The sample statistics could plotted using histograms to represent the bootstrap distribution, which further approximates the sampling distribution.

With the bootstrap distribution, we could estimate the $95\%$ confidence interval for the sample mean and population mean by dropping the $2.5\%$ of the areas from both sides of the bootstrap distribution.

Note $n$ is usually very large so that the bootstrap distribution is representative.

Semiparametric Bootstrap

The semiparametric bootstrap is similar to the nonparametric bootstrap. What’s different is that semiparametric bootstrap assumes the population includes other items that are similar to the observed sample by sampling from a smoothed version of the sample histogram,and adds noise to the bootstrap samples so that the bootstrap samples are not likely to be identical to the original sample. The smoothing parameters, however, have to be set up empirically.

Taking the sample of size $5$, $\{8, 1, 0, 2, 5\}$, as an example, we could plot the sample as histogram, does interpolation resulting a finer histogram, and sample bootstrap samples from the finer histogram. Obviously, this might not be a good idea in this case because our sample size is just too small.

Parametric Bootstrap

Parametric bootstrapping assumes that the samples come from a known distribution with unknown parameters. Even with a small sized sample, we estimate the parameters for the known distribution. Then we sample bootstrap samples from the known distribution with the estimated parameters.

Taking the sample of size $5$, $\{8, 1, 0, 2, 5\}$, as an example. If we believe the samples come from uniform distribution $U[a, b]$. We estimate that $a = 0$ and $b = 8$. Then we draw bootstrap examples from uniform distribution $U[0, 8]$. Obviously, this might not be a good idea in this case because our sample size is just too small.

Bootstrap Methods in Statistical Inference and Machine Learning

If there is no evaluation set or dataset split, we simply draw $n$ bootstrap samples as usual from the original samples, perform statistical inference or machine learning using the bootstrap samples, resulting $n$ models. For statistical inference, we will have a distribution for all the statistics inferred. For machine learning, we will have an ensemble model consisting $n$ models trained with bootstrap samples. This machine learning approach is sometimes called bagging or bootstrap aggregating. If the machine learning model is a decision tree, it is also called random forest.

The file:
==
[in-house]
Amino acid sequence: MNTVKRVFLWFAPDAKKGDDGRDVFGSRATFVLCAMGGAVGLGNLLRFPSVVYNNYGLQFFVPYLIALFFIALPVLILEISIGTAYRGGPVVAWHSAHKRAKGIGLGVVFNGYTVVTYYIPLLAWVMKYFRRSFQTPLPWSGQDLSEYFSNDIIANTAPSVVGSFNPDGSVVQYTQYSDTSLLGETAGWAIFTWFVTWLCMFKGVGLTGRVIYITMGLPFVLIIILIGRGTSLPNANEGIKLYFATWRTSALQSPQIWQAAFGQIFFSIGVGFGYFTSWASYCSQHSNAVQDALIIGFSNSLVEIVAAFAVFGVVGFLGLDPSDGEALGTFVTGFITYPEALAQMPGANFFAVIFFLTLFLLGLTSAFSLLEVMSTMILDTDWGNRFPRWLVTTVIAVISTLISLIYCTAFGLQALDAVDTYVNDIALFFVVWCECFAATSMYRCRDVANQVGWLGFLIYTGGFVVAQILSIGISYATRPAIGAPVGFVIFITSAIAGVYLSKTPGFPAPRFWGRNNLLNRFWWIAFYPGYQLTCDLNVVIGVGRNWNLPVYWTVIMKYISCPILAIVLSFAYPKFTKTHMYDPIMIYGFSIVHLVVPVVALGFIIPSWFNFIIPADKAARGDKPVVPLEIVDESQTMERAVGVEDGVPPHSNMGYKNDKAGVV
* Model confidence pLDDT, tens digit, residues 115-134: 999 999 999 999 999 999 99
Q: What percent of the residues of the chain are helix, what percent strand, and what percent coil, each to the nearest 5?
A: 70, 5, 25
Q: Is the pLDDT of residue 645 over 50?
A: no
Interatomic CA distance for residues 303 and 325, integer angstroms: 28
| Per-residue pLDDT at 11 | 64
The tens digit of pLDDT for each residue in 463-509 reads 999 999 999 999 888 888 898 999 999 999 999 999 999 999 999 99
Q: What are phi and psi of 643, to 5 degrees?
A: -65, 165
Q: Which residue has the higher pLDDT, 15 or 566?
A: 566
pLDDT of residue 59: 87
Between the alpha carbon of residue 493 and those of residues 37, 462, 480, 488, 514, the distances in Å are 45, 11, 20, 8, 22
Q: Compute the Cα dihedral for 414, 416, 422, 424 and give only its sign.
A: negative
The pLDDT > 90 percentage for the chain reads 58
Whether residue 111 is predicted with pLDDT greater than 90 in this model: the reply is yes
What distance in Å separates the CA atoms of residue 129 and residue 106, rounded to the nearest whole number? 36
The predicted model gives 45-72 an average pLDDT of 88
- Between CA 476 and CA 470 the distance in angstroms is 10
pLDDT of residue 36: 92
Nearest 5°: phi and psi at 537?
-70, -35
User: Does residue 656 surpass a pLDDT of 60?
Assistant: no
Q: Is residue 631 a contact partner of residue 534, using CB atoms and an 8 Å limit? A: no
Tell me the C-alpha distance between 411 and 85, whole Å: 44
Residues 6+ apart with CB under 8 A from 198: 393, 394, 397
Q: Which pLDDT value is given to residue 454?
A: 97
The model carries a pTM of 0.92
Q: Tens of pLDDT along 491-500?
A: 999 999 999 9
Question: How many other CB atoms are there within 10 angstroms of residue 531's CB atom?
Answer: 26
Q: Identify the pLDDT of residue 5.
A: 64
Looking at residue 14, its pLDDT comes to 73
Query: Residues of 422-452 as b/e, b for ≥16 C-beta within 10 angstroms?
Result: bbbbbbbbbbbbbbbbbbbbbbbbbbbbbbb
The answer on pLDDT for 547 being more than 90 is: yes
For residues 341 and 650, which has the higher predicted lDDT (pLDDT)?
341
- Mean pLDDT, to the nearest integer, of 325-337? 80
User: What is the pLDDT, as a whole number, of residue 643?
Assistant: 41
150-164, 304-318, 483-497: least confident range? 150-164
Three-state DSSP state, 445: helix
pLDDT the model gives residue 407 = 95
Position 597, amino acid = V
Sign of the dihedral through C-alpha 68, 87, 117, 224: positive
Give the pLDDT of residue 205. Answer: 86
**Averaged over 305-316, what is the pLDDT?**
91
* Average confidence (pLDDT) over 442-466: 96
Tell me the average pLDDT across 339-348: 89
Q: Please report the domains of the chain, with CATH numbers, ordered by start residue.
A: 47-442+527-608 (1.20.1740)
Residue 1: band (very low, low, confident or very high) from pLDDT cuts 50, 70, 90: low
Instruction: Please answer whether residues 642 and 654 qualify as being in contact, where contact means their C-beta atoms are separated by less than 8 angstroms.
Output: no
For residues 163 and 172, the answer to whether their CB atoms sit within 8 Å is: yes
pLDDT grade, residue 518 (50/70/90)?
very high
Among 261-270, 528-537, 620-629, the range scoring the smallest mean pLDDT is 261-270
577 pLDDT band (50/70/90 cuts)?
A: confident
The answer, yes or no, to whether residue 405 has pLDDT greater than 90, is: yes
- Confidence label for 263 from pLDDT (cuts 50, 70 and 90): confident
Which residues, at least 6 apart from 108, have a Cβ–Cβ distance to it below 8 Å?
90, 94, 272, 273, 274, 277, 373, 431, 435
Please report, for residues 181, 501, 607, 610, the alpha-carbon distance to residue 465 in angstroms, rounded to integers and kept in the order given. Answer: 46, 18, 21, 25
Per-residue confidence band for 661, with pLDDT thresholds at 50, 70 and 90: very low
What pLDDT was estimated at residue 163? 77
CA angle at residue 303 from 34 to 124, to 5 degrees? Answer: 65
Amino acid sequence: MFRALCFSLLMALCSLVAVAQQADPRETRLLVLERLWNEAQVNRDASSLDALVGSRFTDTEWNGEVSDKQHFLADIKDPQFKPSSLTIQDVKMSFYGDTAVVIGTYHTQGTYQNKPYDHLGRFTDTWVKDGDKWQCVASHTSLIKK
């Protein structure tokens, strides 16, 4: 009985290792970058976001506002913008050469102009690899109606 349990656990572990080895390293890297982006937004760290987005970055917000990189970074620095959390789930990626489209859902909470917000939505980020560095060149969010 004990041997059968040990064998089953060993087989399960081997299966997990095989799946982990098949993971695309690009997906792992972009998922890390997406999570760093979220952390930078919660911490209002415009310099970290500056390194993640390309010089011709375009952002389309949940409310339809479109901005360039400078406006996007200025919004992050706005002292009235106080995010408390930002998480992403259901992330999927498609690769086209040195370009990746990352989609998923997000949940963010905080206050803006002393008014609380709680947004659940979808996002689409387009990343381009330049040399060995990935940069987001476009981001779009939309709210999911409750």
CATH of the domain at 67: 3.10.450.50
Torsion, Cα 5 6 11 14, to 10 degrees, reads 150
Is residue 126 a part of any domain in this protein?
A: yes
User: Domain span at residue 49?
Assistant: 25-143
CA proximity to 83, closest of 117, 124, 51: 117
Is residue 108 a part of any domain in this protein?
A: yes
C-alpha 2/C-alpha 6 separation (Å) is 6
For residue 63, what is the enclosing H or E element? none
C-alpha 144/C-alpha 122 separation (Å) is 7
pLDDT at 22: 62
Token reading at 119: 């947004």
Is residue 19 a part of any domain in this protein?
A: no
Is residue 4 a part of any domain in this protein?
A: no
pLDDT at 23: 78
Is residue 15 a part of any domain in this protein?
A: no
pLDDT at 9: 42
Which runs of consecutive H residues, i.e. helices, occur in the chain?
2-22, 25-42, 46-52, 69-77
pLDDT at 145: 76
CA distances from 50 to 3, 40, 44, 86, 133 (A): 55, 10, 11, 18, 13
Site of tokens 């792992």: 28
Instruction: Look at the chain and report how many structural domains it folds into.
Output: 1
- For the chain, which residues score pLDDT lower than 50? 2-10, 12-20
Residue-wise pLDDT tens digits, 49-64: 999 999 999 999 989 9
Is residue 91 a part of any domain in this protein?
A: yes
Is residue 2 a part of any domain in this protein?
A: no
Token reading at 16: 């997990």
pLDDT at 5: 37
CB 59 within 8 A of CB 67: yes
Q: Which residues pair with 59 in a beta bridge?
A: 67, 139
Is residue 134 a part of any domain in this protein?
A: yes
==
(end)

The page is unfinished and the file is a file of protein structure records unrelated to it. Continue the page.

Sometimes, it is inevitable that we will have to split the sample to multiple samples, such as a training set and a test set. The training set will be used for training model or statistical inference, and the test set will be used for evaluating the model or statistical inference. To apply bootstrap sampling in this scenario, we randomly split the original sample into a training set and a test set, sample bootstrap samples from the training set and test set respectively, and used the bootstrap training set and the bootstrap test set for training and evaluation, respectively. This completes one round of bootstrap. We then repeat the same process $n$ times (we always do random split each time). This method, however, seems to be unfavorable and has been deprecated by Scikit-Learn.

Instead of doing bootstrap for training and evaluation, usually we do $K$-fold cross validation instead.


Bootstrap methods are basically simulating real samples with limited information. However, personally I am not a fan of bootstrap because I have not seen theories addressing how good the bootstrap distribution approximates the sampling distribution and under what scenario bootstrap should be or should not be used. Unless the sample size is very small and I got no better options, I would not consider using bootstrap methods.